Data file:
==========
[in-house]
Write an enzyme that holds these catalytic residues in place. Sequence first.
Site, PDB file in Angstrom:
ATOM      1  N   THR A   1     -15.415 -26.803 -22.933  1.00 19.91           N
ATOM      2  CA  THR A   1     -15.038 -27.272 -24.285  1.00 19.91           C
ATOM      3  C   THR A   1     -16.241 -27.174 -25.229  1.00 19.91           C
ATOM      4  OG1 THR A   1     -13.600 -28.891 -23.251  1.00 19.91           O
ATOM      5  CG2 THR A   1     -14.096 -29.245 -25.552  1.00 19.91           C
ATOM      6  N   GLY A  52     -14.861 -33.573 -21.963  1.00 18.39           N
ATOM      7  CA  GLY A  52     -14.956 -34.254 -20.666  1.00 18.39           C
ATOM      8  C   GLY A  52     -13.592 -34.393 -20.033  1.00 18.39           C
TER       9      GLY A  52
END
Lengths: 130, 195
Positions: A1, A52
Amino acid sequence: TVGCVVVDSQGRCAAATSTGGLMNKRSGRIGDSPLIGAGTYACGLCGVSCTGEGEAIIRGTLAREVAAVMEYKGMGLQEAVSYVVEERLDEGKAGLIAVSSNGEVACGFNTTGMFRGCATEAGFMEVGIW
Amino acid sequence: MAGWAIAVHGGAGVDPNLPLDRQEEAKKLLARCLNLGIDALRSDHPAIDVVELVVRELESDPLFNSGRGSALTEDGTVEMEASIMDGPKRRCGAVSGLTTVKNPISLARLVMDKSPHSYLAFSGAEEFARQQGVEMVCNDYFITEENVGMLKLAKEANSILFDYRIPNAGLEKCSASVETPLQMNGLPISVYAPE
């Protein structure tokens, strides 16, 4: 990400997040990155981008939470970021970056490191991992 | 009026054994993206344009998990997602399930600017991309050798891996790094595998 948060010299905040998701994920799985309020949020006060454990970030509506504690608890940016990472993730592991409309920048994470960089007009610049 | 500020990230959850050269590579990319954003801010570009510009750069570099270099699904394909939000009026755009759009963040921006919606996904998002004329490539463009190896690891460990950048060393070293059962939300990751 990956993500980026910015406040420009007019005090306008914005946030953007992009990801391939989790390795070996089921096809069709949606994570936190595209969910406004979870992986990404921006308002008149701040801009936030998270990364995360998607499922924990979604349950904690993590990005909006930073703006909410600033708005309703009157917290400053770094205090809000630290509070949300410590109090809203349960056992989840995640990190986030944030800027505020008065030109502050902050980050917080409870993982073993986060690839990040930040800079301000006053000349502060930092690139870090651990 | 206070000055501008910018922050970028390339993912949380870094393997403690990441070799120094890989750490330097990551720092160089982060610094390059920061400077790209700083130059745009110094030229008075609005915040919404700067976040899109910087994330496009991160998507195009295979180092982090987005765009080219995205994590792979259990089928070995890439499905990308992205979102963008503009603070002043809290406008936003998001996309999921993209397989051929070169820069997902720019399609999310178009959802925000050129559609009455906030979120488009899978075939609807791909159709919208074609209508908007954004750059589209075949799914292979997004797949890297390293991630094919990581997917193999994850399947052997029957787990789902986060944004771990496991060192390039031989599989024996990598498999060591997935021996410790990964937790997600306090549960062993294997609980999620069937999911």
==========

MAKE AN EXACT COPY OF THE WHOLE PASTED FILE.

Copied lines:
[in-house]
Write an enzyme that holds these catalytic residues in place. Sequence first.
Site, PDB file in Angstrom:
ATOM      1  N   THR A   1     -15.415 -26.803 -22.933  1.00 19.91           N
ATOM      2  CA  THR A   1     -15.038 -27.272 -24.285  1.00 19.91           C
ATOM      3  C   THR A   1     -16.241 -27.174 -25.229  1.00 19.91           C
ATOM      4  OG1 THR A   1     -13.600 -28.891 -23.251  1.00 19.91           O
ATOM      5  CG2 THR A   1     -14.096 -29.245 -25.552  1.00 19.91           C
ATOM      6  N   GLY A  52     -14.861 -33.573 -21.963  1.00 18.39           N
ATOM      7  CA  GLY A  52     -14.956 -34.254 -20.666  1.00 18.39           C
ATOM      8  C   GLY A  52     -13.592 -34.393 -20.033  1.00 18.39           C
TER       9      GLY A  52
END
Lengths: 130, 195
Positions: A1, A52
Amino acid sequence: TVGCVVVDSQGRCAAATSTGGLMNKRSGRIGDSPLIGAGTYACGLCGVSCTGEGEAIIRGTLAREVAAVMEYKGMGLQEAVSYVVEERLDEGKAGLIAVSSNGEVACGFNTTGMFRGCATEAGFMEVGIW
Amino acid sequence: MAGWAIAVHGGAGVDPNLPLDRQEEAKKLLARCLNLGIDALRSDHPAIDVVELVVRELESDPLFNSGRGSALTEDGTVEMEASIMDGPKRRCGAVSGLTTVKNPISLARLVMDKSPHSYLAFSGAEEFARQQGVEMVCNDYFITEENVGMLKLAKEANSILFDYRIPNAGLEKCSASVETPLQMNGLPISVYAPE
């Protein structure tokens, strides 16, 4: 990400997040990155981008939470970021970056490191991992 | 009026054994993206344009998990997602399930600017991309050798891996790094595998 948060010299905040998701994920799985309020949020006060454990970030509506504690608890940016990472993730592991409309920048994470960089007009610049 | 500020990230959850050269590579990319954003801010570009510009750069570099270099699904394909939000009026755009759009963040921006919606996904998002004329490539463009190896690891460990950048060393070293059962939300990751 990956993500980026910015406040420009007019005090306008914005946030953007992009990801391939989790390795070996089921096809069709949606994570936190595209969910406004979870992986990404921006308002008149701040801009936030998270990364995360998607499922924990979604349950904690993590990005909006930073703006909410600033708005309703009157917290400053770094205090809000630290509070949300410590109090809203349960056992989840995640990190986030944030800027505020008065030109502050902050980050917080409870993982073993986060690839990040930040800079301000006053000349502060930092690139870090651990 | 206070000055501008910018922050970028390339993912949380870094393997403690990441070799120094890989750490330097990551720092160089982060610094390059920061400077790209700083130059745009110094030229008075609005915040919404700067976040899109910087994330496009991160998507195009295979180092982090987005765009080219995205994590792979259990089928070995890439499905990308992205979102963008503009603070002043809290406008936003998001996309999921993209397989051929070169820069997902720019399609999310178009959802925000050129559609009455906030979120488009899978075939609807791909159709919208074609209508908007954004750059589209075949799914292979997004797949890297390293991630094919990581997917193999994850399947052997029957787990789902986060944004771990496991060192390039031989599989024996990598498999060591997935021996410790990964937790997600306090549960062993294997609980999620069937999911």